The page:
The conversation got really quite deep and there was some crying involved (on my part, of course). I never much cared if I lived or died until I had children and I could only think about leaving my girls without a mother, not the fact that I would die. As the conversation got deeper and deeper with no solution in sight, Misiu pulled out his good old benchmarking system- the WWRD system. Maybe you are familiar with WWJD, the popularly-used abbreviation meaning “What would Jesus do?” There are bracelets, hats, t-shirts sporting these letters reminding you that when you are in a difficult situation you should think about what Jesus would do in such a situation.
Misiu’s version is a little different. It is WWRD, meaning “What would Rysiu do?” Rysiu is not his wise father or trusted uncle, or experienced family friend. Rysiu is a character from the Polish soap opera Klan. Klan in my opinion is thinly-veiled propaganda of Polish public television trying to show us, the Polish society, how we should live – how to be a good Pole, a good parent, a good spouse, a good sibling, a good child, a good student, a good neighbor, a good boss, a good employee, a good Catholic. There’s nothing better to break up a somber mood than a good old game of WWRD. Try it!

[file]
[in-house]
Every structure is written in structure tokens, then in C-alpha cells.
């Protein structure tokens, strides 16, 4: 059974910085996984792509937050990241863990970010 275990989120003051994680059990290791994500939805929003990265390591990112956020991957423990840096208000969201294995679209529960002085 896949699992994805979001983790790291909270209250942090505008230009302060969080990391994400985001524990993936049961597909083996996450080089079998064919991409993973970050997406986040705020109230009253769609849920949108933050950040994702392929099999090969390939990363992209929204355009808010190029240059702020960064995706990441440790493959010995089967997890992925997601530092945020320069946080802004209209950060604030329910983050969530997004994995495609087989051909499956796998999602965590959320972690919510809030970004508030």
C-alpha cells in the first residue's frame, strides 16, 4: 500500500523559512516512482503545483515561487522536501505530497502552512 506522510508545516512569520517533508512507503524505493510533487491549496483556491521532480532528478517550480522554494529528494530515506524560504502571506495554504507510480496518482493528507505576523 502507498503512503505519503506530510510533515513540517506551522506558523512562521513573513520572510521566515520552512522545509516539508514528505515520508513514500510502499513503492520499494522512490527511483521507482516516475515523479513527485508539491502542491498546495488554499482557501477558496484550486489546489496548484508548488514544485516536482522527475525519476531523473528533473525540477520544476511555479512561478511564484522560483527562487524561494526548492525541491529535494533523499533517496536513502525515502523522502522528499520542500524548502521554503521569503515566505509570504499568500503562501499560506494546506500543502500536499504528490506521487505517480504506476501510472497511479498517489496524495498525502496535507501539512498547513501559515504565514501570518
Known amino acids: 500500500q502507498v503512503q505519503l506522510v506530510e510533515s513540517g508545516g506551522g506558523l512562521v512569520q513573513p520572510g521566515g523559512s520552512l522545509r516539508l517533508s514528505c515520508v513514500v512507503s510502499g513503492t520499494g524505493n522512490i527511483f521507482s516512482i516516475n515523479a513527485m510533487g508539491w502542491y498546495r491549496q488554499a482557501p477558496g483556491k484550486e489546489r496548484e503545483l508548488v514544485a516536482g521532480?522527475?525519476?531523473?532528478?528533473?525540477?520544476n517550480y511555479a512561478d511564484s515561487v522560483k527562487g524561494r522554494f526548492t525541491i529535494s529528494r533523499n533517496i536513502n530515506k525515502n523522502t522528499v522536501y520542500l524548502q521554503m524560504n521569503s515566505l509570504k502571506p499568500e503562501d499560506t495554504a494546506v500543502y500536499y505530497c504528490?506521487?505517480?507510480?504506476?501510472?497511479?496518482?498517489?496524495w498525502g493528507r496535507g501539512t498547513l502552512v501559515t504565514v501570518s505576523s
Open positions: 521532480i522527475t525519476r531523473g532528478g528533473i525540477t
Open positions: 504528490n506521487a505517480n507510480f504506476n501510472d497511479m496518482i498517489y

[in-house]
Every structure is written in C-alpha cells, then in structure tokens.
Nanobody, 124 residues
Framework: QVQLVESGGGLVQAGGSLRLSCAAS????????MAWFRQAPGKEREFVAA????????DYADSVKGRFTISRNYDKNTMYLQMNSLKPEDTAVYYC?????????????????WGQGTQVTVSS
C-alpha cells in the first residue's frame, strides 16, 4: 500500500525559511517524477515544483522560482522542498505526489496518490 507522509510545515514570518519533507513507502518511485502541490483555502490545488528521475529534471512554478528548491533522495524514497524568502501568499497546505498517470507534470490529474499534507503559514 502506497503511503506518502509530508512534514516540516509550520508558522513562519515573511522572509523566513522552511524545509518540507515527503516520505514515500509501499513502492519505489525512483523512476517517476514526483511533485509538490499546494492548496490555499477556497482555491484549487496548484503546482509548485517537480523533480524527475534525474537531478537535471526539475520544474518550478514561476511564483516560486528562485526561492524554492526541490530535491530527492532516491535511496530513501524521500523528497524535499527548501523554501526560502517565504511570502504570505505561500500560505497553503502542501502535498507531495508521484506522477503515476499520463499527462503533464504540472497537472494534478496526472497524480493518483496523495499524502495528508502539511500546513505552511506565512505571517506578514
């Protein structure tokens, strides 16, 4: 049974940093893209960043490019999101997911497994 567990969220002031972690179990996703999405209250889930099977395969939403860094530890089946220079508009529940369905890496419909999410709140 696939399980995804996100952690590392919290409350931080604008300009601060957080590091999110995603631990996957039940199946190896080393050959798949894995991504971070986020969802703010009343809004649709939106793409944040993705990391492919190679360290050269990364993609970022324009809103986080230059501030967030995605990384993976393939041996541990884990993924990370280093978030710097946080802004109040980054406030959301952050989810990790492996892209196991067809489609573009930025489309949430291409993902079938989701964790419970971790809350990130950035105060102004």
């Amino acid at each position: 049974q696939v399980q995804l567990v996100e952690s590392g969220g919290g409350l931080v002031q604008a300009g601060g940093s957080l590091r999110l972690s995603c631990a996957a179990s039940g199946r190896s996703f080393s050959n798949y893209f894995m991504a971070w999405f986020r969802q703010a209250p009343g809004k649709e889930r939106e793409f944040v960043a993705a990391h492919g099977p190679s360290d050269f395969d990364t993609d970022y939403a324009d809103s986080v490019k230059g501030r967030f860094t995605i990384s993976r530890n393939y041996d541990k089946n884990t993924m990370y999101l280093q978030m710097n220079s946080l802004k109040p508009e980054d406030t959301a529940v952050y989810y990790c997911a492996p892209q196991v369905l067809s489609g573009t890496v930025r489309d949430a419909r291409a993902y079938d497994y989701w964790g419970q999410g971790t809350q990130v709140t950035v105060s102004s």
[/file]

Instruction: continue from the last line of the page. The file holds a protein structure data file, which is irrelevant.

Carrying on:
PS We decided that Rysiu, father of 3 in the serial, would want his children to be raised by his brother, the wealthy doctor, in the event of his and his wife Grażyna’s death. If only we all had wealthy doctor brothers 😉
Kroke96April 22, 2010 at 7:02 pm